Buy-to-Lets and Second Homes – Buy Now or Double Your Tax Bill…
The Chancellor’s Autumn Statement on Wednesday introduced new Stamp Duty Land Tax (SDLT) measures which are set to have a huge impact on residential landlords or those purchasing second homes. From 1 April 2016, the level of SDLT payable on an investment property will increase, with an additional 3% charge being added to each tax band. To put this into context, the current SDLT liability on a £500,000 investment property is £15,000 – after 1 April 2016, with the additional charge, the liability goes up to £28,800 i.e. almost doubling the tax payable.
The measures have been introduced in an attempt by the Government to slow the buy-to-let market and prevent investors from taking valuable housing stock away from the private ownership sector. The tax increase is also due to raise a further £1 billion for the Government by 2020. There are still some key points which haven’t been finalised, including for example how much extra SDLT (if any) might be payable by an investor who has already contracted to buy a new property that isn’t due to be constructed for several years.
While the actual effect of this change will remain to be seen, it is likely that there will be a surge in buy-to-let purchases before 1 April deadline next year, which will then give a distorted image of the strength of that market. There is also the risk that landlords pass their additional tax costs on to their tenants by raising rents.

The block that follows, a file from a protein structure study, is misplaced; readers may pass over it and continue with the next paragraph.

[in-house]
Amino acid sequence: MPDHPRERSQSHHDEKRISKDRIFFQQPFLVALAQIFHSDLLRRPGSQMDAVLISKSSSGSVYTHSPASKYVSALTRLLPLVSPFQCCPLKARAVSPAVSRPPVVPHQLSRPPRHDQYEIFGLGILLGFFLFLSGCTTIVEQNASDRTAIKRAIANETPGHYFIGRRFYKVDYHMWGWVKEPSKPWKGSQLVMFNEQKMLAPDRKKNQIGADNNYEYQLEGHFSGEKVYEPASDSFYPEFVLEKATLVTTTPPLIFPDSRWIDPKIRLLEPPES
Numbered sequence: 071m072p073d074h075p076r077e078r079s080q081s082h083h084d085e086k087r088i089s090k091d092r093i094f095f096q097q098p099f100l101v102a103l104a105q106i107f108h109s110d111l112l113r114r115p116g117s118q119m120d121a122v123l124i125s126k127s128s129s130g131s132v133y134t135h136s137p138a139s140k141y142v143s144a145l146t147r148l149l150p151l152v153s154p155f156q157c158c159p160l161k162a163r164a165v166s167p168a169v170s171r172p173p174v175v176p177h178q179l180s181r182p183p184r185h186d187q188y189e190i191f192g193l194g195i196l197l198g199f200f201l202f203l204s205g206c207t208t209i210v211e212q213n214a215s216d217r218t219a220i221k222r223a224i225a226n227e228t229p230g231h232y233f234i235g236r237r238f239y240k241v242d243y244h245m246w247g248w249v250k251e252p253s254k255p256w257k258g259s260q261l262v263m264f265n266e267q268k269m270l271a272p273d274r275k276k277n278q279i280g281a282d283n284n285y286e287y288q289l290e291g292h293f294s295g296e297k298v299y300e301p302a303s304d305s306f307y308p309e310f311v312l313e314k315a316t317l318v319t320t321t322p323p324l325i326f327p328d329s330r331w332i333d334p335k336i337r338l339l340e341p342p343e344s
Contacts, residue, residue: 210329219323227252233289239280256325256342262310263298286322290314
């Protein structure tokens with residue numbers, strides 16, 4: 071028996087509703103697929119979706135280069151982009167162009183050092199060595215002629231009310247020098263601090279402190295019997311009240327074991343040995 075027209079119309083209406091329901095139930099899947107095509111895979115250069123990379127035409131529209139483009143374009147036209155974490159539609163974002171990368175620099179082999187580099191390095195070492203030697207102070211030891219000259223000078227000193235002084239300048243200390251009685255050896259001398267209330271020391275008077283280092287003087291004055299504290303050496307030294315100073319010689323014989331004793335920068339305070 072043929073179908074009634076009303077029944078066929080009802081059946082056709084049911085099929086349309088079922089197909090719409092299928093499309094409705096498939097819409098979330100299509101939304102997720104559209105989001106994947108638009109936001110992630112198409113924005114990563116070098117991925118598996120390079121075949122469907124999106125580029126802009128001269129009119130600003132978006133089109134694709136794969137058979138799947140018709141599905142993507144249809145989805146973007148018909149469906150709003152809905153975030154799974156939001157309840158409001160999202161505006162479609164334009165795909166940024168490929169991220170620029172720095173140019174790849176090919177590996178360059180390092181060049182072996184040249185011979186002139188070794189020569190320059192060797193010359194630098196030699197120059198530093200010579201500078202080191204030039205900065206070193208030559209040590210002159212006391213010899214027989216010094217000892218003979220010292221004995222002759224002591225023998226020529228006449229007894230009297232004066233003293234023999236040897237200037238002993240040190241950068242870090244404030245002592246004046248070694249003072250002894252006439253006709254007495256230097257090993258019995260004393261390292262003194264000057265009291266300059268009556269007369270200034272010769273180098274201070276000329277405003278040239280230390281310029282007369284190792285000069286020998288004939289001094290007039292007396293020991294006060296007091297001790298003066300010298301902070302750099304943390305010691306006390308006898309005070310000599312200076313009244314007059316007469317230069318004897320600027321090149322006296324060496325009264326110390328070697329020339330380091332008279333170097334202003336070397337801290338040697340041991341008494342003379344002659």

Analysts have already started to look at the ways in which landlords/investors can potentially avoid, or mitigate, the effect of the tax increase – for instance, by living at the property themselves initially, then letting it at a later date. It is also currently possible to offset the SDLT charge against the eventual Capital Gains Tax liability arising when the property is sold, so that the additional cost is recouped at that stage. The Government will have to look at each of these areas, and may potentially close any loopholes which are exploited.
Between now and the start of April, it will be interesting to see how the property market reacts to these changes, and whether in the long-term there is a benefit to those trying to get onto the property ladder, or if this is merely a Government ‘tax raid’.